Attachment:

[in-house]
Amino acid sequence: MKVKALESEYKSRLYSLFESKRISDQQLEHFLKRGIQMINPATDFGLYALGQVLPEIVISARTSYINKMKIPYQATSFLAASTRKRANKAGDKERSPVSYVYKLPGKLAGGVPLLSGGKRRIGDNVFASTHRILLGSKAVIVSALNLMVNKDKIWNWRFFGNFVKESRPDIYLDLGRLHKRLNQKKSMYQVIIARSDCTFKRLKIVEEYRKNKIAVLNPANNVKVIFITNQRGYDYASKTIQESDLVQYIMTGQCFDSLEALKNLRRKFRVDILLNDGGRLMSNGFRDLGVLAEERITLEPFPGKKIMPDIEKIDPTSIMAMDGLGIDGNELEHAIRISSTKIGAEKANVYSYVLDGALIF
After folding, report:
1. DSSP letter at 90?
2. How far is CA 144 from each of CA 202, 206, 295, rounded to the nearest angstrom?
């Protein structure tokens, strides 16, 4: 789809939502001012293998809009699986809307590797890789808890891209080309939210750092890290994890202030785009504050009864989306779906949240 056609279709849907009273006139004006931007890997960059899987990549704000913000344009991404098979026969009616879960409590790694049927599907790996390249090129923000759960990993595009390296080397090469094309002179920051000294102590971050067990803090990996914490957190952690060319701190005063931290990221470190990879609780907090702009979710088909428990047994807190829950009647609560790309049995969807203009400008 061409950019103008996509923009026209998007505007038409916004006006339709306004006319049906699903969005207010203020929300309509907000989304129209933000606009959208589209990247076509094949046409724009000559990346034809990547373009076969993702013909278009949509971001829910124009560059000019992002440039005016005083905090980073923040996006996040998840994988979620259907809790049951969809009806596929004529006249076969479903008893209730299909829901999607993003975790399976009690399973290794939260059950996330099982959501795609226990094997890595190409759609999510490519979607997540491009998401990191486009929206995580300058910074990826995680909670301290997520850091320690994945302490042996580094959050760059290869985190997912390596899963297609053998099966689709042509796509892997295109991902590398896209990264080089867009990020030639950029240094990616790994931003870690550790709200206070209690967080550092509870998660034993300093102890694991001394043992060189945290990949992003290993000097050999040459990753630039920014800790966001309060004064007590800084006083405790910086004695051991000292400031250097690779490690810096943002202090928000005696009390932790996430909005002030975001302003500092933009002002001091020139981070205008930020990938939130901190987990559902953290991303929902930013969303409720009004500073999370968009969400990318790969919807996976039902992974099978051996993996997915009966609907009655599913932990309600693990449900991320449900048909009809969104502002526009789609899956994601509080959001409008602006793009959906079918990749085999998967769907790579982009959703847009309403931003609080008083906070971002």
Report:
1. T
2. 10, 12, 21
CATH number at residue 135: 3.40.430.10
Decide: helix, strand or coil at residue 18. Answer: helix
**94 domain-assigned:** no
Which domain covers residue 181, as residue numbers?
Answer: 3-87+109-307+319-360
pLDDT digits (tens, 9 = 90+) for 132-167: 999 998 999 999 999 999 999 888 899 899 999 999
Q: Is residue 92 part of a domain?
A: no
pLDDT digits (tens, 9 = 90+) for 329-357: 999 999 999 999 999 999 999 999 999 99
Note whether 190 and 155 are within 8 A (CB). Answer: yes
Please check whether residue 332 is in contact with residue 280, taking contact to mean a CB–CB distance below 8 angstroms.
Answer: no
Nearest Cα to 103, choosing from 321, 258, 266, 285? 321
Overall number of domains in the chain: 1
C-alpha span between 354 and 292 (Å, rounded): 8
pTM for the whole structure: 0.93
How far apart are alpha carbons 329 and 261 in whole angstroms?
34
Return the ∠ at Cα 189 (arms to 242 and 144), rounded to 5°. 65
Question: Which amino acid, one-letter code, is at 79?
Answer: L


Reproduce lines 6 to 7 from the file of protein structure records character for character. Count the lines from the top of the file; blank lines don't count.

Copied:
């Protein structure tokens, strides 16, 4: 789809939502001012293998809009699986809307590797890789808890891209080309939210750092890290994890202030785009504050009864989306779906949240 056609279709849907009273006139004006931007890997960059899987990549704000913000344009991404098979026969009616879960409590790694049927599907790996390249090129923000759960990993595009390296080397090469094309002179920051000294102590971050067990803090990996914490957190952690060319701190005063931290990221470190990879609780907090702009979710088909428990047994807190829950009647609560790309049995969807203009400008 061409950019103008996509923009026209998007505007038409916004006006339709306004006319049906699903969005207010203020929300309509907000989304129209933000606009959208589209990247076509094949046409724009000559990346034809990547373009076969993702013909278009949509971001829910124009560059000019992002440039005016005083905090980073923040996006996040998840994988979620259907809790049951969809009806596929004529006249076969479903008893209730299909829901999607993003975790399976009690399973290794939260059950996330099982959501795609226990094997890595190409759609999510490519979607997540491009998401990191486009929206995580300058910074990826995680909670301290997520850091320690994945302490042996580094959050760059290869985190997912390596899963297609053998099966689709042509796509892997295109991902590398896209990264080089867009990020030639950029240094990616790994931003870690550790709200206070209690967080550092509870998660034993300093102890694991001394043992060189945290990949992003290993000097050999040459990753630039920014800790966001309060004064007590800084006083405790910086004695051991000292400031250097690779490690810096943002202090928000005696009390932790996430909005002030975001302003500092933009002002001091020139981070205008930020990938939130901190987990559902953290991303929902930013969303409720009004500073999370968009969400990318790969919807996976039902992974099978051996993996997915009966609907009655599913932990309600693990449900991320449900048909009809969104502002526009789609899956994601509080959001409008602006793009959906079918990749085999998967769907790579982009959703847009309403931003609080008083906070971002």
Report: